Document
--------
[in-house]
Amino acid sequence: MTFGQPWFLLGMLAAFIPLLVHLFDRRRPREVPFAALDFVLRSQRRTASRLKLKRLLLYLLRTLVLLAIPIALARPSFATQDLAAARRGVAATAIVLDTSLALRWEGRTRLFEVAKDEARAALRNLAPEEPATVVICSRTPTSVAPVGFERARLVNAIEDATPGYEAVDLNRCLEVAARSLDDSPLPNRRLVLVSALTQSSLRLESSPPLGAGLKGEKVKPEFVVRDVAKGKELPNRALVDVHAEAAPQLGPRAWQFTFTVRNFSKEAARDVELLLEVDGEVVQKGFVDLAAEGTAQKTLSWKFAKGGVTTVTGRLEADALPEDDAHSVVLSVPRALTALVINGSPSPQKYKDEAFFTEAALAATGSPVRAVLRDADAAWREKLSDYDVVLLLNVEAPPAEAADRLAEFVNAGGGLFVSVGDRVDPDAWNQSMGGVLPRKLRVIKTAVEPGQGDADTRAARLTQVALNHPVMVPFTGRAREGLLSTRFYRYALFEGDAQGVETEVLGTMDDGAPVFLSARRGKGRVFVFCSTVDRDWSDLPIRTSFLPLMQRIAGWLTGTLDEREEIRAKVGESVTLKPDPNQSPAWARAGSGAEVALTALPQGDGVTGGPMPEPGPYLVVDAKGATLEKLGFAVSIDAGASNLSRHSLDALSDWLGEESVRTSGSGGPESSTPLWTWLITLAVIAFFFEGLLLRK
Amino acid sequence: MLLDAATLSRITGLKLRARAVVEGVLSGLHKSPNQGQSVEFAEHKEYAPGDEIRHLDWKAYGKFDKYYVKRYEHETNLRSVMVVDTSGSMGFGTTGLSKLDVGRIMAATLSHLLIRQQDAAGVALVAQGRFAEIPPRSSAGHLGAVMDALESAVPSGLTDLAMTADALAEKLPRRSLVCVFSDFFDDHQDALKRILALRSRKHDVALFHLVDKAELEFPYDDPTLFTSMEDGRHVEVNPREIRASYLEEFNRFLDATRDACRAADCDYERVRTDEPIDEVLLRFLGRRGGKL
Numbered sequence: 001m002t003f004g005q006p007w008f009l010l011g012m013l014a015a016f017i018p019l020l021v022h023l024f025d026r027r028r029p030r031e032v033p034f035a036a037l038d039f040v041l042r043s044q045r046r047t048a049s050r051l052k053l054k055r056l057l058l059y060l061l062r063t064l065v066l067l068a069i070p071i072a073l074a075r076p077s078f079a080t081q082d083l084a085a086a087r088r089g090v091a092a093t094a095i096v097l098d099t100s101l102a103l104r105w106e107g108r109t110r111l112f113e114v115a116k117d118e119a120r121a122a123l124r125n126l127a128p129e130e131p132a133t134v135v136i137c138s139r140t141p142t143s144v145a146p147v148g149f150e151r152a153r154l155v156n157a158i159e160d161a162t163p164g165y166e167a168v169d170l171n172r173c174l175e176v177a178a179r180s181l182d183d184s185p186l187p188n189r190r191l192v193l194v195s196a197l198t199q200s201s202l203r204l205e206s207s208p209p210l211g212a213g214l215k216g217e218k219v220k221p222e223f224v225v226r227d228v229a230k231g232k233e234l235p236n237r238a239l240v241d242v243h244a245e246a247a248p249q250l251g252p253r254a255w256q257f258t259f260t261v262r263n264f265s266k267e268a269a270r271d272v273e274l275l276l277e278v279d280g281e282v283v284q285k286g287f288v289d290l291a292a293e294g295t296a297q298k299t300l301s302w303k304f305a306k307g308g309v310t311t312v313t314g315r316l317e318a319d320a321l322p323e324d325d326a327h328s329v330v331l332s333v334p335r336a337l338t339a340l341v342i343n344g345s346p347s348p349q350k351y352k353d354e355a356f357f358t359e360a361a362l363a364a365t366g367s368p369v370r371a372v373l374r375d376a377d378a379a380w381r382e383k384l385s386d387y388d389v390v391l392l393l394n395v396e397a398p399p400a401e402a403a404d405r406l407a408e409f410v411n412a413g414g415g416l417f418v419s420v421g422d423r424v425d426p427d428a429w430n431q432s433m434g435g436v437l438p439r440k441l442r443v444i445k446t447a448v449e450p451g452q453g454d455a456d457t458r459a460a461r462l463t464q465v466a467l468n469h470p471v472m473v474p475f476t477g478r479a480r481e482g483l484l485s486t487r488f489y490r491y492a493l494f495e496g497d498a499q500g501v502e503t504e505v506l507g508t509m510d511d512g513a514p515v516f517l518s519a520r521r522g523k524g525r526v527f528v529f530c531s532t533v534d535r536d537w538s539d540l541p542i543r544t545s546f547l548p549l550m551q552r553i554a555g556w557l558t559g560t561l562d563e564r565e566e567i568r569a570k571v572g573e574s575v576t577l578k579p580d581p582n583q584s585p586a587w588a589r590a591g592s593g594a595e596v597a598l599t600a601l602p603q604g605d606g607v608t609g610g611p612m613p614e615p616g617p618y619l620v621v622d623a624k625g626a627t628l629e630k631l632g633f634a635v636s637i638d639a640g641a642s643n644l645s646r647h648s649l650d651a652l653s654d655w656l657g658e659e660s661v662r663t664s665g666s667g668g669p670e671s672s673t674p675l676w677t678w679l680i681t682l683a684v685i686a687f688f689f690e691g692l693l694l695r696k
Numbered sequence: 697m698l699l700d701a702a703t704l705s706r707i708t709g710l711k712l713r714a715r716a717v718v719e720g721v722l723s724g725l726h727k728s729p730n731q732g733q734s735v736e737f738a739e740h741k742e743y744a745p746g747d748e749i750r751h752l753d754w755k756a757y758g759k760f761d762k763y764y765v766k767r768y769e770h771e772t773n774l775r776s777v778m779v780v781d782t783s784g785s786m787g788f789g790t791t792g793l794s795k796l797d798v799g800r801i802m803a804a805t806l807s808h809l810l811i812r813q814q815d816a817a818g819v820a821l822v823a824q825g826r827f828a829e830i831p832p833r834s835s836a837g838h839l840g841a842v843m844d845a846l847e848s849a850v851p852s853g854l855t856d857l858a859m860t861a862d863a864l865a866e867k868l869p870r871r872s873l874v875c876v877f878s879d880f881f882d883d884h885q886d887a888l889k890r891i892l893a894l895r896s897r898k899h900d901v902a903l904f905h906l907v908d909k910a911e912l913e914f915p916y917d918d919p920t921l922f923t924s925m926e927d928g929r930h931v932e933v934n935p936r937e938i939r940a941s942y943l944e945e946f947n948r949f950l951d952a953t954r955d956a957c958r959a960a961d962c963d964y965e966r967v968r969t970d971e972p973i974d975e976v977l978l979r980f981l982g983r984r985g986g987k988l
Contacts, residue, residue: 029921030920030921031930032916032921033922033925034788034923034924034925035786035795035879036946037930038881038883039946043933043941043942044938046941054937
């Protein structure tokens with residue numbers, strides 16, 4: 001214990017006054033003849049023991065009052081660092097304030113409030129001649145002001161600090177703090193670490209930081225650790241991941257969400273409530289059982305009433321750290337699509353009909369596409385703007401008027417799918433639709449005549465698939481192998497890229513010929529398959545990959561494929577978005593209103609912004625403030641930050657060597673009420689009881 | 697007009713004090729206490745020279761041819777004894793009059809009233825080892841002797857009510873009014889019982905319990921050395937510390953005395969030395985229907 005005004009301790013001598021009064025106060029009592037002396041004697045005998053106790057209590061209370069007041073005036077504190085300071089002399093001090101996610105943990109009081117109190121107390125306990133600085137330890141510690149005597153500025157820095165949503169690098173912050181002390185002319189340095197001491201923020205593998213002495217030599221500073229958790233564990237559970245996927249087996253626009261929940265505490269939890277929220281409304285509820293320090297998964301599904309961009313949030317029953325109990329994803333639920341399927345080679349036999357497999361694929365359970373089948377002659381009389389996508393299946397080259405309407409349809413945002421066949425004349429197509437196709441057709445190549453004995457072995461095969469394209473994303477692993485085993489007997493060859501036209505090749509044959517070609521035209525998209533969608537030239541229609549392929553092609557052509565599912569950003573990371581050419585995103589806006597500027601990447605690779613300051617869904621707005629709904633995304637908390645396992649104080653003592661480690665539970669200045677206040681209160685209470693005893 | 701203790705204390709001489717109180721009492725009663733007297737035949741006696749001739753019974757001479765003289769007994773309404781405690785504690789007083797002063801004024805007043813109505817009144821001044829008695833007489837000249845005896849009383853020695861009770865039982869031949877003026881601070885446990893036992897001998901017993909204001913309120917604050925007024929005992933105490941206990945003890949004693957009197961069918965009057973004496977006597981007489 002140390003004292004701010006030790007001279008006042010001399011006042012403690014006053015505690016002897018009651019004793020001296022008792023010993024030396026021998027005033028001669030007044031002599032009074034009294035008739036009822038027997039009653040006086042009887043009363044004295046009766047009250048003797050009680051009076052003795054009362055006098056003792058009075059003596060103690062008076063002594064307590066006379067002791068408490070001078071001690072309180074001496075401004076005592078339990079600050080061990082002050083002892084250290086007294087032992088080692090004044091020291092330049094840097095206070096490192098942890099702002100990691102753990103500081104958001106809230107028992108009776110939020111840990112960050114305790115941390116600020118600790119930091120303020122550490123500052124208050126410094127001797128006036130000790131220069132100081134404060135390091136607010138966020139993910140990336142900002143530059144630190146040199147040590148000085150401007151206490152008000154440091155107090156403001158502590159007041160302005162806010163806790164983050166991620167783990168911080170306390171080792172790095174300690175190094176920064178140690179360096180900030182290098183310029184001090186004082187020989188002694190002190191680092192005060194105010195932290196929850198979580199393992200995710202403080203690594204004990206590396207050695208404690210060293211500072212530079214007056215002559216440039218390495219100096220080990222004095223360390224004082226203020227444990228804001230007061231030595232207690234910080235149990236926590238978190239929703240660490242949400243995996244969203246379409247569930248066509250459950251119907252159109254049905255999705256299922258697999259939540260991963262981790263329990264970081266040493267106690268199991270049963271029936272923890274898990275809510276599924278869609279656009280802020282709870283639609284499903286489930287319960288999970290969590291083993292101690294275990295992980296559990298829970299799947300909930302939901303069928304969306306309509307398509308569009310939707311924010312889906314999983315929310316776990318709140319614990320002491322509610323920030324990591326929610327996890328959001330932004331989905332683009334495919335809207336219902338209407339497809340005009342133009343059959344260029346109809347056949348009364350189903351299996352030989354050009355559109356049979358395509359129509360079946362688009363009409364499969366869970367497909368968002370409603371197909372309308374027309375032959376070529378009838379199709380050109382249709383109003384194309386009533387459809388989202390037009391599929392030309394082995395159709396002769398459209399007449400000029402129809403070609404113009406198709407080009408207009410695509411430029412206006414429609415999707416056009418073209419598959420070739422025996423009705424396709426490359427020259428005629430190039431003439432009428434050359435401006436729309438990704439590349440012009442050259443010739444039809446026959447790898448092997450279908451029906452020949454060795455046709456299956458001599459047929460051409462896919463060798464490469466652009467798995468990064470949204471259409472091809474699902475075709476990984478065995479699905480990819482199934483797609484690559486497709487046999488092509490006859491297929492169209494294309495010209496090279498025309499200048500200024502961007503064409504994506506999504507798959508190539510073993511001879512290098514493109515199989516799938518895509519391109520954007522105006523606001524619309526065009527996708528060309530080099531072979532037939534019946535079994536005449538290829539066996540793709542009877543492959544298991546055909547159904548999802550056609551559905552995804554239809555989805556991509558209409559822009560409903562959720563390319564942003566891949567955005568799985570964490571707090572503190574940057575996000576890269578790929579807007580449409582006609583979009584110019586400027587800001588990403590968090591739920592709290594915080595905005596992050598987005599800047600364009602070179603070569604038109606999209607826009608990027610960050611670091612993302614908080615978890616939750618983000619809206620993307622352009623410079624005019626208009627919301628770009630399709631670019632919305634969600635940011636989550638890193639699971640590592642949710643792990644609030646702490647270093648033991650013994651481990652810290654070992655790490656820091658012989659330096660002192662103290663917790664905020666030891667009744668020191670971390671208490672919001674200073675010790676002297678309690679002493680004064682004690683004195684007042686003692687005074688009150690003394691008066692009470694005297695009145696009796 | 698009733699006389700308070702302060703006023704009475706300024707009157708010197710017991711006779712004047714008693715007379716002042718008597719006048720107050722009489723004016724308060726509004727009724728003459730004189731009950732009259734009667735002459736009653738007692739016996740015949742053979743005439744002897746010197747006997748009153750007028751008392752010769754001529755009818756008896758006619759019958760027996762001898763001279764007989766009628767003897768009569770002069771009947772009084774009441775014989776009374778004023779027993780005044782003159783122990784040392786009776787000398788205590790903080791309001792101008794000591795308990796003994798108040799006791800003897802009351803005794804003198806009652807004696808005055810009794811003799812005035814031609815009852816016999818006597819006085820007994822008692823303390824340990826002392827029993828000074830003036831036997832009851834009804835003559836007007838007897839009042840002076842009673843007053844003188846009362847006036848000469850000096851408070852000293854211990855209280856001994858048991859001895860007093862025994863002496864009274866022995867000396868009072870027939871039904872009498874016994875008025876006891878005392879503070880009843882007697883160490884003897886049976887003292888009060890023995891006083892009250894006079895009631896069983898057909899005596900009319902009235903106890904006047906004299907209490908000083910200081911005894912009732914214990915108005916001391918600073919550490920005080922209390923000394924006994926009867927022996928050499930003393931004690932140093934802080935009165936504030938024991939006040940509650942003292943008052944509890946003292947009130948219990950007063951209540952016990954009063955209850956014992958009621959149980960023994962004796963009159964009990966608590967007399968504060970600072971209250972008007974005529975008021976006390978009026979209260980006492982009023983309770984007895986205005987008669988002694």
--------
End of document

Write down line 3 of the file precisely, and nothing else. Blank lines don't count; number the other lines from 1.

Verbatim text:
Amino acid sequence: MLLDAATLSRITGLKLRARAVVEGVLSGLHKSPNQGQSVEFAEHKEYAPGDEIRHLDWKAYGKFDKYYVKRYEHETNLRSVMVVDTSGSMGFGTTGLSKLDVGRIMAATLSHLLIRQQDAAGVALVAQGRFAEIPPRSSAGHLGAVMDALESAVPSGLTDLAMTADALAEKLPRRSLVCVFSDFFDDHQDALKRILALRSRKHDVALFHLVDKAELEFPYDDPTLFTSMEDGRHVEVNPREIRASYLEEFNRFLDATRDACRAADCDYERVRTDEPIDEVLLRFLGRRGGKL